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Are foundation cracks a big deal? Where I live, Loxahatchee, FL, which is more or less reclaimed swamp....there isn't a house, new or old, that doesn't have the foundation cracks. My 1994 built CBS house has the crack spanning the garage floor and it has never expanded.
 

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Are foundation cracks a big deal? Where I live, Loxahatchee, FL, which is more or less reclaimed swamp....there isn't a house, new or old, that doesn't have the foundation cracks. My 1994 built CBS house has the crack spanning the garage floor and it has never expanded.
Not just foundation cracks. I lived in Florida when concrete block, plaster, and stucco were the norm for house construction. Dry wall was unheard of back then. On topic, I can't ever remember living in a house that didn't get cracks in the ceiling a few months after construction.
 

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1). Depending on the brick and the way it was flashed would probably determine that answer.

2). If you don't have gutters, add some, it will help. The problem is the pressure in the ground when it becomes saturated, water is forced through the smallest of cracks, seams, etc.

Best solution is dig out around basement and seal from the outside and install a French drain.

You need the water to drain away from the home via a combination of proper grade, French drain, gutters, etc.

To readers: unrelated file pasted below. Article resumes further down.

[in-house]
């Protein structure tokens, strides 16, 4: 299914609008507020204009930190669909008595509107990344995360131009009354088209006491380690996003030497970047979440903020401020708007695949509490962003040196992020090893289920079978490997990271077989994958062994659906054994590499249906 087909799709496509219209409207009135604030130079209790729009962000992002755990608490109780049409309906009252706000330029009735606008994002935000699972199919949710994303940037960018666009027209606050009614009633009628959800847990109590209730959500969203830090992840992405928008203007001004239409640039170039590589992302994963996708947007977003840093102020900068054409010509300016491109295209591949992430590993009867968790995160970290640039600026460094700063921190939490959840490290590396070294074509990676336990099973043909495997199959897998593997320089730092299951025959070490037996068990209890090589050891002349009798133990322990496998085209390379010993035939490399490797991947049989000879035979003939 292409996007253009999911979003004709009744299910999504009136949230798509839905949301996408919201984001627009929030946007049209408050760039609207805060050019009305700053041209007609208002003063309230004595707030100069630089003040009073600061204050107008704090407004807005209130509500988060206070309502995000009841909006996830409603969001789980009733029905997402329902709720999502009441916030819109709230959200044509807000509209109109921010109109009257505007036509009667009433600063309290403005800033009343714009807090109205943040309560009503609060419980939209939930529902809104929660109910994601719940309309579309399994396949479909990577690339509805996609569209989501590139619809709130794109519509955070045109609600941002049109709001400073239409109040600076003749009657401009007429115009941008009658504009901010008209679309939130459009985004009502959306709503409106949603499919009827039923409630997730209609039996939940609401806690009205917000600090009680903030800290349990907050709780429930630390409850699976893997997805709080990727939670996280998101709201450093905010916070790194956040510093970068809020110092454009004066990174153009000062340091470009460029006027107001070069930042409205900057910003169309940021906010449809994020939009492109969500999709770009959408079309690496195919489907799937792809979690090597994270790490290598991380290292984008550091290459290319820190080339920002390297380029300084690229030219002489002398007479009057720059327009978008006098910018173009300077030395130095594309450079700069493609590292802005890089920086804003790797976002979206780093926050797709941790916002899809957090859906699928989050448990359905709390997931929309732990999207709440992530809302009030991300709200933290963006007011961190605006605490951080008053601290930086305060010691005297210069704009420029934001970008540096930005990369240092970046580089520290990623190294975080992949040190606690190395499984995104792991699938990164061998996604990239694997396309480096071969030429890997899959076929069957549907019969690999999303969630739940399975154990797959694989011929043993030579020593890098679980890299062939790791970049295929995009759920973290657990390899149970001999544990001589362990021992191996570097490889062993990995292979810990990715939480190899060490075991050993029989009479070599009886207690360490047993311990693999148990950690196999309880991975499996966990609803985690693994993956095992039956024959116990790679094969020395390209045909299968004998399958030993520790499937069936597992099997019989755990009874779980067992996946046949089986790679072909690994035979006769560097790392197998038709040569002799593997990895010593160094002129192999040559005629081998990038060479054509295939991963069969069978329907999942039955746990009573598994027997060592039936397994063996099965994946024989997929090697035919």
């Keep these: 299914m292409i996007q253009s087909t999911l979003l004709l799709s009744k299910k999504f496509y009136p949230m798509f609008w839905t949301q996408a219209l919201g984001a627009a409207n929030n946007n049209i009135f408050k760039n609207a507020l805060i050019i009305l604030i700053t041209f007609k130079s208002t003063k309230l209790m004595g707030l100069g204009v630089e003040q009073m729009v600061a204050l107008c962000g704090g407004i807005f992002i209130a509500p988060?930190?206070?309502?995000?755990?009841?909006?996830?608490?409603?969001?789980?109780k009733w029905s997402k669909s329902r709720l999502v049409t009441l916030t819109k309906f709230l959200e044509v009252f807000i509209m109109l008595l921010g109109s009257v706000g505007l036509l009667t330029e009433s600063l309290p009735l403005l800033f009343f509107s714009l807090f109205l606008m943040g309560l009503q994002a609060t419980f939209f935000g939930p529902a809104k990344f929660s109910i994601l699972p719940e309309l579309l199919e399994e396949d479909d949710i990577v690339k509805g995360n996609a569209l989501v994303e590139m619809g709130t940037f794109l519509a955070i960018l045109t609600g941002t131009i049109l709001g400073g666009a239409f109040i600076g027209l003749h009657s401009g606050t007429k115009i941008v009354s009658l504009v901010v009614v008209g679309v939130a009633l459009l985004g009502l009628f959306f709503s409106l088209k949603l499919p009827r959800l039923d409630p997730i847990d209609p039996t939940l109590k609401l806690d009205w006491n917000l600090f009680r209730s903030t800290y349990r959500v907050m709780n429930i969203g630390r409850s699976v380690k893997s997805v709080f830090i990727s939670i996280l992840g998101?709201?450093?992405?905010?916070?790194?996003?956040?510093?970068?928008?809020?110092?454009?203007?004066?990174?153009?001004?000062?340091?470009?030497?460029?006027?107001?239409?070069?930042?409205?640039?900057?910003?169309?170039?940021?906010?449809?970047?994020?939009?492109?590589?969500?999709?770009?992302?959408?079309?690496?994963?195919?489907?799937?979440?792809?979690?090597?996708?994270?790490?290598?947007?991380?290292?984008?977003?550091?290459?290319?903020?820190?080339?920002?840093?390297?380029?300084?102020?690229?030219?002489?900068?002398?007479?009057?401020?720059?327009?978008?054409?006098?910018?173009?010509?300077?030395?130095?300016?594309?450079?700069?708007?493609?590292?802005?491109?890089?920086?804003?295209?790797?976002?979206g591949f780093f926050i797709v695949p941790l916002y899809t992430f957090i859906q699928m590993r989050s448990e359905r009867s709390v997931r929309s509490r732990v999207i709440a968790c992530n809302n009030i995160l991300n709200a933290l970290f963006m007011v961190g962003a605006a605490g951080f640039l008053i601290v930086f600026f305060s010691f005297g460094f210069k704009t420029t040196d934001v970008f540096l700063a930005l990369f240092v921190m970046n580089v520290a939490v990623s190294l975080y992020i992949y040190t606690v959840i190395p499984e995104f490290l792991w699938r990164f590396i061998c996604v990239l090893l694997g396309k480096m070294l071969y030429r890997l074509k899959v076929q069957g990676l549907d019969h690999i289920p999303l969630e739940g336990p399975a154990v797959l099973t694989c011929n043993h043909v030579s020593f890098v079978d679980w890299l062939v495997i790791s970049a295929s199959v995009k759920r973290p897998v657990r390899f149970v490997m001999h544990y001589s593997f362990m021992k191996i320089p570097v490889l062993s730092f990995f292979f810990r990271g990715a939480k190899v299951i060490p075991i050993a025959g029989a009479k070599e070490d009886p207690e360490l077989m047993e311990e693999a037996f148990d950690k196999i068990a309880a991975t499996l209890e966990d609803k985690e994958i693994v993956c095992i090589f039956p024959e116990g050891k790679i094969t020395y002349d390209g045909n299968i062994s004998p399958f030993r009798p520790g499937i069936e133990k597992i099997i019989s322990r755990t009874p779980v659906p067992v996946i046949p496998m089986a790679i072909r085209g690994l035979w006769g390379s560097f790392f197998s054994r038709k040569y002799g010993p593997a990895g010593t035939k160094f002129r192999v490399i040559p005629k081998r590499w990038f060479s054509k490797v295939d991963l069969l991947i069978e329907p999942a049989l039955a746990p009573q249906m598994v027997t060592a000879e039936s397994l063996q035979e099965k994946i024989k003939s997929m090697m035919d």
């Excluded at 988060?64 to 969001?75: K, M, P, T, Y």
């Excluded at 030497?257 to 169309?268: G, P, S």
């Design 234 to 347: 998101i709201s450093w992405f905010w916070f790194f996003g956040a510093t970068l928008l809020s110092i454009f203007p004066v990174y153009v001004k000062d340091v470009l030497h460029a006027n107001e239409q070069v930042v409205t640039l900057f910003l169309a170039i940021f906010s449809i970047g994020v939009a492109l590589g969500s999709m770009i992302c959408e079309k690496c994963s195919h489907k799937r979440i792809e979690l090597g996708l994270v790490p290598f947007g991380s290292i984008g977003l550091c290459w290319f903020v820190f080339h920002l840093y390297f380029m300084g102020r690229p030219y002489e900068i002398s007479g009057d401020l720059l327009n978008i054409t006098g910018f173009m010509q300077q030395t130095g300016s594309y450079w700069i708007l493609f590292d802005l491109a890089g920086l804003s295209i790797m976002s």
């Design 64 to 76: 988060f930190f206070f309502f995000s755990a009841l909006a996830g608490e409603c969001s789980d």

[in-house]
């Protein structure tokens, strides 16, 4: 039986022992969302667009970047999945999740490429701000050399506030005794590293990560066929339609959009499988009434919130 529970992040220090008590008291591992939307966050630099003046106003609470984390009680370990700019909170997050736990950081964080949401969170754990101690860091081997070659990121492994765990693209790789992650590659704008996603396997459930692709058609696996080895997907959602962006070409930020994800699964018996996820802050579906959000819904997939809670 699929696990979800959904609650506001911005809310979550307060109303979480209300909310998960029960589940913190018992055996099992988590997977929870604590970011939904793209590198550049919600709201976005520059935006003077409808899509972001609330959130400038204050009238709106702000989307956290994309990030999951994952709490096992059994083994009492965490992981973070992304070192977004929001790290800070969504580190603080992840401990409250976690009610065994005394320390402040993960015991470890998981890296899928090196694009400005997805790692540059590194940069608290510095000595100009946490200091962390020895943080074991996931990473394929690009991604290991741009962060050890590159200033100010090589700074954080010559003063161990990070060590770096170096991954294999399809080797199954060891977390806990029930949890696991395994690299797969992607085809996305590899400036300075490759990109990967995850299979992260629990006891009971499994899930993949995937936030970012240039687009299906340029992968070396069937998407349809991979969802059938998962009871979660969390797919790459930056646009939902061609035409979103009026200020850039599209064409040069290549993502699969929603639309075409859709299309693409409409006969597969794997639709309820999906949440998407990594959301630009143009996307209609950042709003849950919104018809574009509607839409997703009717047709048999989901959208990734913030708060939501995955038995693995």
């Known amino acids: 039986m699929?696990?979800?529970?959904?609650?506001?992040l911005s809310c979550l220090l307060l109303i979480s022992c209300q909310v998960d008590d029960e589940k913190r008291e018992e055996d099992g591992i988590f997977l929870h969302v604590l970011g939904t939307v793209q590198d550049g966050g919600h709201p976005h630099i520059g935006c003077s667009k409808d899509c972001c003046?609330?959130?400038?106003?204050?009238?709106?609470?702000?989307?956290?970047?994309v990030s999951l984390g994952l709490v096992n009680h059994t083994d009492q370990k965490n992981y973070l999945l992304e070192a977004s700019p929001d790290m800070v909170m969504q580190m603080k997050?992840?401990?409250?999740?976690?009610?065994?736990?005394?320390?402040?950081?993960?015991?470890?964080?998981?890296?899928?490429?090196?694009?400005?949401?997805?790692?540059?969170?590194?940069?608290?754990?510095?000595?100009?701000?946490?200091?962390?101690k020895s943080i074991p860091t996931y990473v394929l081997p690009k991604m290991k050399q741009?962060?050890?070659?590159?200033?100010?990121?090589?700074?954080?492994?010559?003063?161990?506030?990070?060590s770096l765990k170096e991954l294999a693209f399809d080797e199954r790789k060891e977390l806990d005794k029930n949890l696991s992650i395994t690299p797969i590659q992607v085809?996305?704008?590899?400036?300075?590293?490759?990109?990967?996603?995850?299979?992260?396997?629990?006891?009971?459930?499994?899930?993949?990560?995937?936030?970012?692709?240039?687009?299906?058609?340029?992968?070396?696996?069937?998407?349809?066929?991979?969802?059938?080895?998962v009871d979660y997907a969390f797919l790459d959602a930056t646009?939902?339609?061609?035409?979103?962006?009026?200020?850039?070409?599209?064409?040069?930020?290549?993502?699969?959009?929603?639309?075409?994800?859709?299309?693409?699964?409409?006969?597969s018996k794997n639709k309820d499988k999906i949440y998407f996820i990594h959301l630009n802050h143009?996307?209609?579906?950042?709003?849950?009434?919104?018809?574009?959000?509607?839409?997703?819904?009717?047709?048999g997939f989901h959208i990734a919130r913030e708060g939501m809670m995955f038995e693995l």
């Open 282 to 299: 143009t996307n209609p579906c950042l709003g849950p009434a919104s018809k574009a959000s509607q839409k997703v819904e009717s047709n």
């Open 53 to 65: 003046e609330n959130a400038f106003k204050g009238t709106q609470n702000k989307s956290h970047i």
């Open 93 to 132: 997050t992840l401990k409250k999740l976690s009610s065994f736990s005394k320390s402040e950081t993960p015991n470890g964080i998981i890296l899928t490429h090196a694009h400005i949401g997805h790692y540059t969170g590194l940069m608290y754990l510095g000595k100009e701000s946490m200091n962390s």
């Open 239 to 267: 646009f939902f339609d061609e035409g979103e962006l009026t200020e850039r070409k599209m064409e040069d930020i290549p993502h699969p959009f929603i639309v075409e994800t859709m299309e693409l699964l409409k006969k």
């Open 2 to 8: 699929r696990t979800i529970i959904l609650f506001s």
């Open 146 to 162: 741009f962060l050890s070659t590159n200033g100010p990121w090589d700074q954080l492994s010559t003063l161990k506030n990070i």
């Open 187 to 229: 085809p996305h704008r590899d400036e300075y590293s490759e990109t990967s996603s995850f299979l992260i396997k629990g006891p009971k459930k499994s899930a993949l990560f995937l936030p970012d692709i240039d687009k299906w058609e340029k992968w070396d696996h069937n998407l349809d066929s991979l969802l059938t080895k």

Its queen size brick. I don’t know about the flashed? Its just a small piece of metal on top of the top brick? I do have gutters now and put corrugated pipe on the ends to get further from the house.
 

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Sounds like he has no clue what he is doing in reference to the garage. Don’t suppose you took any pre pour pics of garage


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They should have brought in a base material and packed in down not just backfill it with dirt. There should have been footers in there. Basically it should have look like the formed area the house slab was done if that makes sense


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Its queen size brick. I don’t know about the flashed? Its just a small piece of metal on top of the top brick? I do have gutters now and put corrugated pipe on the ends to get further from the house.
Has there been seepage since adding gutters?
 

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Has there been seepage since adding gutters?
Where the plywood was getting wet in the basement? Yes the wall still got wet after gutters. They just recently put silicon on the flashing, but it hasn’t rained since then so I don’t know if it will now. Or do you mean has the ground washed away since gutters? Yes it has. Under my front porch which is only one step up there was a hole 3 feet deep. I had a lot of dirt wash away after the heavy rain. The land is not slopped away from the house, but slopped towards the house in some areas. The gutters was on the house for the heavy rain, but I didn’t have the corrugated pipe on then.